Factors affecting usage of a personal health record (PHR) to manage health Academic Article uri icon

Overview

MeSH Major

  • Access to Information
  • Electronic Health Records
  • Health Records, Personal
  • Self Care

abstract

  • As the health care industry shifts into the digital age, patients are increasingly being provided with access to electronic personal health records (PHRs) that are tethered to their provider-maintained electronic health records. This unprecedented access to personal health information can enable patients to more effectively manage their health, but little is actually known about patients' ability to successfully use a PHR to perform health management tasks or the individual factors that influence task performance. This study evaluated the ability of 56 middle-aged adults (40-59 years) and 51 older adults (60-85 years) to use a simulated PHR to perform 15 common health management tasks encompassing medication management, review/interpretation of lab/test results, and health maintenance activities. Results indicated that participants in both age groups experienced significant difficulties in using the PHR to complete routine health management tasks. Data also showed that older adults, particularly those with lower numeracy and technology experience, encountered greater problems using the system. Furthermore, data revealed that the cognitive abilities predicting one's task performance varied according to the complexity of the task. Results from this study identify important factors to consider in the design of PHRs so that they meet the needs of middle-aged and older adults. As deployment of PHRs is on the rise, knowledge of the individual factors that impact effective PHR use is critical to preventing an increase in health care disparities between those who are able to use a PHR and those who are not.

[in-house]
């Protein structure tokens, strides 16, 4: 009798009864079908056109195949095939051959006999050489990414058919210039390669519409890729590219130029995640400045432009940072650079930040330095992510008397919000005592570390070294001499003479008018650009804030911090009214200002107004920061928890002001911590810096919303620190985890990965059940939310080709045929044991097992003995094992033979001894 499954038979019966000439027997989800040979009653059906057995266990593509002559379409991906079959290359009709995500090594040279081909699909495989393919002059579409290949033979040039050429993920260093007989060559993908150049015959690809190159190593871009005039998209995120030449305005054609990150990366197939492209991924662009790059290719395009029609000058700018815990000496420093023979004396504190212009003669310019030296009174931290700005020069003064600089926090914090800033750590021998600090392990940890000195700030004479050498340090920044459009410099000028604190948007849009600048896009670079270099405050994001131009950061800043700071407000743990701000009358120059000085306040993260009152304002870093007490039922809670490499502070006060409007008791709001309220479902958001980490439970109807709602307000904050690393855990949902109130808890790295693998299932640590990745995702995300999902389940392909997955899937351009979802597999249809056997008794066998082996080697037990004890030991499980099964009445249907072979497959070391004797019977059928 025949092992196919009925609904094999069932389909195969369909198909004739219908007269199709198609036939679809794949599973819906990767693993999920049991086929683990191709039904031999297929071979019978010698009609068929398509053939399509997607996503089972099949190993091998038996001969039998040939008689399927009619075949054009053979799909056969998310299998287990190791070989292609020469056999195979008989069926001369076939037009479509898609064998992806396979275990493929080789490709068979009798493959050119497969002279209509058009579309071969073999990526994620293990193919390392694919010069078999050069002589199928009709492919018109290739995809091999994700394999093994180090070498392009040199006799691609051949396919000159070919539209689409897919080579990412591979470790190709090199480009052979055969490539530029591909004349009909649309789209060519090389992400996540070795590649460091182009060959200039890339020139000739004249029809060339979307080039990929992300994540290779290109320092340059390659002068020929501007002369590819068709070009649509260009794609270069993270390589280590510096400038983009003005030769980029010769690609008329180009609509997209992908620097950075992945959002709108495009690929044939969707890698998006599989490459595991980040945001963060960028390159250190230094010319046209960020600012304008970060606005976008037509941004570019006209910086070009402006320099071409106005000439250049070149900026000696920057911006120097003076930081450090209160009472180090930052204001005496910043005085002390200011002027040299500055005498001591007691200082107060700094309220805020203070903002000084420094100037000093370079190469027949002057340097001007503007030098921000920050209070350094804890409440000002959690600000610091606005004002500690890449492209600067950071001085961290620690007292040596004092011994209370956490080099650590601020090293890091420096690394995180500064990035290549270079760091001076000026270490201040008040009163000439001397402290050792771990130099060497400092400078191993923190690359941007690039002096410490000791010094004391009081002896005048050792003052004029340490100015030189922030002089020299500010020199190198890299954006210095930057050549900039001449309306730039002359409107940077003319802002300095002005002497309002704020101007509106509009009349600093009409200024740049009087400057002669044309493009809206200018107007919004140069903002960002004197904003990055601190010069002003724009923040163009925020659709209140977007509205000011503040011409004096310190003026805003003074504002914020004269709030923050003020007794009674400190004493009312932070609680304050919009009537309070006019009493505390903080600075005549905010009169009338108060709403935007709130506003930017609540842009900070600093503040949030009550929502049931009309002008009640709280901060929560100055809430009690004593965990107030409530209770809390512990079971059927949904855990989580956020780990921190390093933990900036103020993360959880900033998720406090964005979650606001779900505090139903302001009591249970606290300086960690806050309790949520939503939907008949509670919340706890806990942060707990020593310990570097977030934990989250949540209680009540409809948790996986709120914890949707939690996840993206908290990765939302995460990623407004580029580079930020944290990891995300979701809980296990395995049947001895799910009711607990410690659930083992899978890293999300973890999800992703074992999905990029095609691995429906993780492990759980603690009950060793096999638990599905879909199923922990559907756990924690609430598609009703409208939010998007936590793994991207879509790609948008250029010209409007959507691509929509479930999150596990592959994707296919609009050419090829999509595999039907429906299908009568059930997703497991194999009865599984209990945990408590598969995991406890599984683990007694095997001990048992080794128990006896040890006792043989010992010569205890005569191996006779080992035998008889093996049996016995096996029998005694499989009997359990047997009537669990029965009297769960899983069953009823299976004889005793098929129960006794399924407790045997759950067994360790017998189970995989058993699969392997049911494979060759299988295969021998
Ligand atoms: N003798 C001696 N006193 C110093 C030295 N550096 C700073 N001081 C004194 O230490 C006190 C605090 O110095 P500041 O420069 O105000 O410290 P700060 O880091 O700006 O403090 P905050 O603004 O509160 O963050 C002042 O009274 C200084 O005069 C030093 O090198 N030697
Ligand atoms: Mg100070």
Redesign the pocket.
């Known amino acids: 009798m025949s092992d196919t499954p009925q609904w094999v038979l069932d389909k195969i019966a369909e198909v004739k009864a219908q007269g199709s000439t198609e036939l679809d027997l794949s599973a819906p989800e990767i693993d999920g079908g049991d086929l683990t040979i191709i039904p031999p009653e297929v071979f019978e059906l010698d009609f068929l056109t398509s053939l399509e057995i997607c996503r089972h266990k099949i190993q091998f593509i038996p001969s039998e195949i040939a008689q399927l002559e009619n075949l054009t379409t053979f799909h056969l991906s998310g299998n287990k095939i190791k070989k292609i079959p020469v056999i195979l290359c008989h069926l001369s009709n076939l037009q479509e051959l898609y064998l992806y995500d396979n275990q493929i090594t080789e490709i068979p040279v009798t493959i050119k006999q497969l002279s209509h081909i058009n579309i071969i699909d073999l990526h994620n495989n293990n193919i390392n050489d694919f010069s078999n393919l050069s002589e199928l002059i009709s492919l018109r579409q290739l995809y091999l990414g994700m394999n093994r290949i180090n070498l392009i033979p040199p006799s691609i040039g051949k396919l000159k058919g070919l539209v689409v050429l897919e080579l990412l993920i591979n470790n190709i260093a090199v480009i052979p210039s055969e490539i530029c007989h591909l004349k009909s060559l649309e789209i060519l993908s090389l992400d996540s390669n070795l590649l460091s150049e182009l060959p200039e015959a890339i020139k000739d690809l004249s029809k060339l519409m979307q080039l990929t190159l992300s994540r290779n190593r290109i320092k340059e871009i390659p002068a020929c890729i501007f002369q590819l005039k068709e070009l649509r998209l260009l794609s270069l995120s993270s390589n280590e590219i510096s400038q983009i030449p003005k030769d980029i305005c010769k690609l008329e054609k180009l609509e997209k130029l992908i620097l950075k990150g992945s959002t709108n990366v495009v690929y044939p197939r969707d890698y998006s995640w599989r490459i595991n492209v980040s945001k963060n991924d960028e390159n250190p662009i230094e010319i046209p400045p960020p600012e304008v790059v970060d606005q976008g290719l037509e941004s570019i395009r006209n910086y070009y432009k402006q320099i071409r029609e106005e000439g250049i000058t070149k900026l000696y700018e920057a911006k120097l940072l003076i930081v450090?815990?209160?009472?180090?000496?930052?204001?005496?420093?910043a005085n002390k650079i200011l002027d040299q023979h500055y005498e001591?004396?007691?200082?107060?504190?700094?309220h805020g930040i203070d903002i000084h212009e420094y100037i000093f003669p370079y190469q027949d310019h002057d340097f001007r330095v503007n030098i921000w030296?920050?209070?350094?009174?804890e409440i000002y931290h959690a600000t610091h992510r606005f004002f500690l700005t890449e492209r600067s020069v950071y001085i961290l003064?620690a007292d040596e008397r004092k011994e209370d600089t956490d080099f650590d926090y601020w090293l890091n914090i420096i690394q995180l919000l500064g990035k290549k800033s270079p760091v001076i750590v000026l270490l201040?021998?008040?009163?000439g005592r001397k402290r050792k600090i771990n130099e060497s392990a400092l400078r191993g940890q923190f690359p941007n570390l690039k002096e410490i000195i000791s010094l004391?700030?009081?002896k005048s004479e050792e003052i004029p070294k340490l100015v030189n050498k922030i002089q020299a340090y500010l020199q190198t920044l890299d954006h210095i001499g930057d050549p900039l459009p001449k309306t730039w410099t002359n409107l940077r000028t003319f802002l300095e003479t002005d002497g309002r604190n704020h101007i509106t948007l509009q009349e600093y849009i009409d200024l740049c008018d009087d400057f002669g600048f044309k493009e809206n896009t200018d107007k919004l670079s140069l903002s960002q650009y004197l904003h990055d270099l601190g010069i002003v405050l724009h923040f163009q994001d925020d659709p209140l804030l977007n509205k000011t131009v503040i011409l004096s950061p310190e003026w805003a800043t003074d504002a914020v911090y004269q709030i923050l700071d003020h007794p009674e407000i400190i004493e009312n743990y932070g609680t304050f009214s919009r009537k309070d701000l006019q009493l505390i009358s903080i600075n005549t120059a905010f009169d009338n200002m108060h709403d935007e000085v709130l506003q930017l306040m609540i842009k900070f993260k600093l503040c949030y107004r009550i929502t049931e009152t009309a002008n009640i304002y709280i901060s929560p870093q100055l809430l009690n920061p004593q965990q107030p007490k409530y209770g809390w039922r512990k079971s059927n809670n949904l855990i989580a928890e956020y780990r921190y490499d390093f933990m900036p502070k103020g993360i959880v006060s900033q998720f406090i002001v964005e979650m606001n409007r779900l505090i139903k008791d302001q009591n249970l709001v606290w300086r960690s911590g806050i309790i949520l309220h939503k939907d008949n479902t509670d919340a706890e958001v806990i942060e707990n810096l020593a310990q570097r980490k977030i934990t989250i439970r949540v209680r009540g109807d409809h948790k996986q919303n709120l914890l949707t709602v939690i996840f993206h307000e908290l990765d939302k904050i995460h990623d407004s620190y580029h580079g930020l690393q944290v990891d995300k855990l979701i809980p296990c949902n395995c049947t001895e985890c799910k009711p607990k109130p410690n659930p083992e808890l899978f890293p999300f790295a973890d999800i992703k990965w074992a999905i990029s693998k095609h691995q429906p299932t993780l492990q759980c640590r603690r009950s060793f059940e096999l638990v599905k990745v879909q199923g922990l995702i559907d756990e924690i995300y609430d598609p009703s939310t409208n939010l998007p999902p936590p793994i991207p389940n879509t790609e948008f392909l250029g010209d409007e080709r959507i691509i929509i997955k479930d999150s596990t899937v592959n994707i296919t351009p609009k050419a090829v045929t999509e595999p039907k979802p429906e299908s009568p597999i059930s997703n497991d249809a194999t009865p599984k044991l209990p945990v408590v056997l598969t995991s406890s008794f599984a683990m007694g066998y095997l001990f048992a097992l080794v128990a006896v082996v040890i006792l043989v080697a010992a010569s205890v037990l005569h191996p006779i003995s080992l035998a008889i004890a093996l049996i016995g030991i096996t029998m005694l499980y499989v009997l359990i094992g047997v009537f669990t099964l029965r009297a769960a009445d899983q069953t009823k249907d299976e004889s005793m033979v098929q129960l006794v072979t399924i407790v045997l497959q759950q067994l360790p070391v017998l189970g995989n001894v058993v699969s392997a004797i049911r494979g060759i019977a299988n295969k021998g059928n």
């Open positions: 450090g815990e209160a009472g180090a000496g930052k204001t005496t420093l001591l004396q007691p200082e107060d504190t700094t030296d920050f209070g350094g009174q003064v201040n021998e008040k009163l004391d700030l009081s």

publication date

  • December 2013

Research

keywords

  • Academic Article

Identity

Language

  • eng

PubMed Central ID

  • PMC5808915

Digital Object Identifier (DOI)

  • 10.1037/a0033911

PubMed ID

  • 24364414

Additional Document Info

start page

  • 1124

end page

  • 39

volume

  • 28

number

  • 4